Kansas Board Of Education To Discuss Role Of Cursive Writing In School Curriculums At Tuesday Meeting

Kansas Board Of Education To Discuss Future Of Cursive Writing In Curriculums

The Kansas State Board of Education will discuss the role of cursive handwriting in school curriculums during its monthly meeting on Tuesday, the Wichita Eagle reports.

Under the Common Core Standards for English, which Kansas adopted in 2010, teaching cursive is not required. Instead, school districts are to emphasize keyboard proficiency. But even before the standards were implemented, the state did not mandate the skill be taught in classrooms.

According to Kansas DOE spokeswoman Kathy Toelkes, curriculum has always been a local decision, and state officials recently sent a survey to school districts in an effort to gauge the extent to which cursive is being taught in their schools. The results will be presented at Tuesday’s meeting.

With most Kansas state assessments being computerized — not to mention the growing reliance on typing, texting and emailing — many students do not see a need to spend hours practicing handwriting. However, the National Association of State Boards of Education wrote in a September policy update that there are benefits associated with the skill — including helping students in reading, writing, language use and critical thinking, the Associated Press reports.

State board member Walt Chappell agreed that students should know how to write longhand, telling the Eagle, “We’ve got to be able to communicate with each other in written form. … Technology is great, but it doesn’t always work.”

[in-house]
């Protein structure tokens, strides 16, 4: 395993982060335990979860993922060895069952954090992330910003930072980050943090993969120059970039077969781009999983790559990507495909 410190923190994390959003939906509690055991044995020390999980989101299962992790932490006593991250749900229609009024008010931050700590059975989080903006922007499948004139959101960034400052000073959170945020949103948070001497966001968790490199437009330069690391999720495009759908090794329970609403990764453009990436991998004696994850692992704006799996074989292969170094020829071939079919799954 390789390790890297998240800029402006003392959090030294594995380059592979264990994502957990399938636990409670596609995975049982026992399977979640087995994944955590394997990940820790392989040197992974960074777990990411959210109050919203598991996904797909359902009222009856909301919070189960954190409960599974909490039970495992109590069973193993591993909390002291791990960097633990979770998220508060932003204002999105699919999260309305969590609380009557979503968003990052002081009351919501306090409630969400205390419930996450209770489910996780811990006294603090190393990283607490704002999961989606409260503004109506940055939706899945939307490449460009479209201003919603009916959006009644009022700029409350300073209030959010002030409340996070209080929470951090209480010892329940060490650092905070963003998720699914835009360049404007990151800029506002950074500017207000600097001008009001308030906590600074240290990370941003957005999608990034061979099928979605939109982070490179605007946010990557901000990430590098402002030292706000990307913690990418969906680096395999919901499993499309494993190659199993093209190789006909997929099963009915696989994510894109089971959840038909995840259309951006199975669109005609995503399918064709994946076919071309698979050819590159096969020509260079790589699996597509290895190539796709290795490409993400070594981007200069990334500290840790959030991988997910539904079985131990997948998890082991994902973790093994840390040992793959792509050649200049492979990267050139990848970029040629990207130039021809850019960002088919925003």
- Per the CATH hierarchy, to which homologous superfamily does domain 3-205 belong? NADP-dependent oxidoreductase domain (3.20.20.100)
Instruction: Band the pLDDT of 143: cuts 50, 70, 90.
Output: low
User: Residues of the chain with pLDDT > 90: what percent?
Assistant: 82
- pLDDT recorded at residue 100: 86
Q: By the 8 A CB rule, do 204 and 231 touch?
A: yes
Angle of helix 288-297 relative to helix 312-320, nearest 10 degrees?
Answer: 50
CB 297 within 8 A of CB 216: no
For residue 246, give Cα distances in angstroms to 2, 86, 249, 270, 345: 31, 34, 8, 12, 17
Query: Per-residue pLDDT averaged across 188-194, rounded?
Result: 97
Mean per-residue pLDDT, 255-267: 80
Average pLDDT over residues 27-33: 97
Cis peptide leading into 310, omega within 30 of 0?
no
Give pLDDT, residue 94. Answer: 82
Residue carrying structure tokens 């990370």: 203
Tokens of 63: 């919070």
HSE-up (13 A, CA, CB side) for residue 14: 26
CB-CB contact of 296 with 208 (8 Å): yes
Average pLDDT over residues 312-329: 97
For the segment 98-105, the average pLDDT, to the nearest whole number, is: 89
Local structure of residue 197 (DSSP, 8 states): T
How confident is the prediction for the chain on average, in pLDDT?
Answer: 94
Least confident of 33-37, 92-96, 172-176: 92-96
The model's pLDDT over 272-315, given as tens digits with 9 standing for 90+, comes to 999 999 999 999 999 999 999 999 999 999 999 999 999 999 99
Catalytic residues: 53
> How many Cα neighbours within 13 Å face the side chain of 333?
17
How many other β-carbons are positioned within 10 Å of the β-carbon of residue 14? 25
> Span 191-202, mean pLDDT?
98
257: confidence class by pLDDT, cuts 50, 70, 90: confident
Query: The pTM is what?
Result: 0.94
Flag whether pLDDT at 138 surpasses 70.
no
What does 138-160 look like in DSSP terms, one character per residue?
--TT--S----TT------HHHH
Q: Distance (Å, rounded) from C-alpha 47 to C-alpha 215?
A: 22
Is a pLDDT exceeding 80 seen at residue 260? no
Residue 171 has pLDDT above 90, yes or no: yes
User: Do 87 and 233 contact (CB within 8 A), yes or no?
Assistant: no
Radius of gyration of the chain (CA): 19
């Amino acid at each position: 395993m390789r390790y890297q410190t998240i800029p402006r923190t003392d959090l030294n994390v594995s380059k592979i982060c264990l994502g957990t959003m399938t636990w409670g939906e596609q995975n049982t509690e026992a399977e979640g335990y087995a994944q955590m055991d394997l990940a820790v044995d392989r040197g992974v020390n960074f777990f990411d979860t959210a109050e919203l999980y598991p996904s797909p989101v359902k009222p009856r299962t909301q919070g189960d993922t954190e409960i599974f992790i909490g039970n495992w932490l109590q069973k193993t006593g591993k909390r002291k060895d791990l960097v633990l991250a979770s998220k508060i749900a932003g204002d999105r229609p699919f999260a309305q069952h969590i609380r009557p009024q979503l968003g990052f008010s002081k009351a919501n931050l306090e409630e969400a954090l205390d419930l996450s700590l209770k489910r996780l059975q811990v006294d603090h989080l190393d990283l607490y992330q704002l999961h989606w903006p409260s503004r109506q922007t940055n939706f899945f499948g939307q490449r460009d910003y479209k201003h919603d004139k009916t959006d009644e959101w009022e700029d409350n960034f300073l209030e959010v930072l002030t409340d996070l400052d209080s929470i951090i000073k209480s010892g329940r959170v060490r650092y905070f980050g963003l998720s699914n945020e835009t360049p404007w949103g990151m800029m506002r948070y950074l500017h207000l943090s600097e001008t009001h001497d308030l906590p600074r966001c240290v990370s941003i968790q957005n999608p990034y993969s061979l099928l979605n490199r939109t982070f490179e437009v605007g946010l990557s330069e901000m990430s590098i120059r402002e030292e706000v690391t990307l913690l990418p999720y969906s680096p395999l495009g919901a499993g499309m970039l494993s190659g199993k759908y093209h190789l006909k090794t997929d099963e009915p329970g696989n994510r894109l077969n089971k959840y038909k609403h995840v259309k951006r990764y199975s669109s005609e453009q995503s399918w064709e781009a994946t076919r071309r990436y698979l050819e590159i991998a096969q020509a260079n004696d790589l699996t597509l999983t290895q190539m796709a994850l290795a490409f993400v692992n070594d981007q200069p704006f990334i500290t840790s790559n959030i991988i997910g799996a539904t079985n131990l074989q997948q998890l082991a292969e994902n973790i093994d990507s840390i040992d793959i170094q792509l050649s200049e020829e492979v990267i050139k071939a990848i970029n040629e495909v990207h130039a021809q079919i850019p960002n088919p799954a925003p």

Several states across the country, including Indiana and Hawaii, have already dropped cursive writing from their mandatory school curriculum, now leaving the decision to teach the skill up to individual districts.

Pitt County Schools in North Carolina recently decided it would no longer require students to learn cursive on account of teachers having so much other material to cover under the Common Core. The district’s assistant superintendent said a team of educators is working to figure out where to fit cursive writing into the curriculum so that students will have a recognizable signature.

Similarly, Sharon Iorio, dean of Wichita State University’s College of Education, told the Eagle her faculty believes cursive will still be taught in schools in some capacity.

“Cursive writing would likely fall under the rubric of ‘rote’ learning, which is not emphasized in the Common Core,” Iorio stated in an e-mail. “Yet, obviously there is a place in education for rote learning.”

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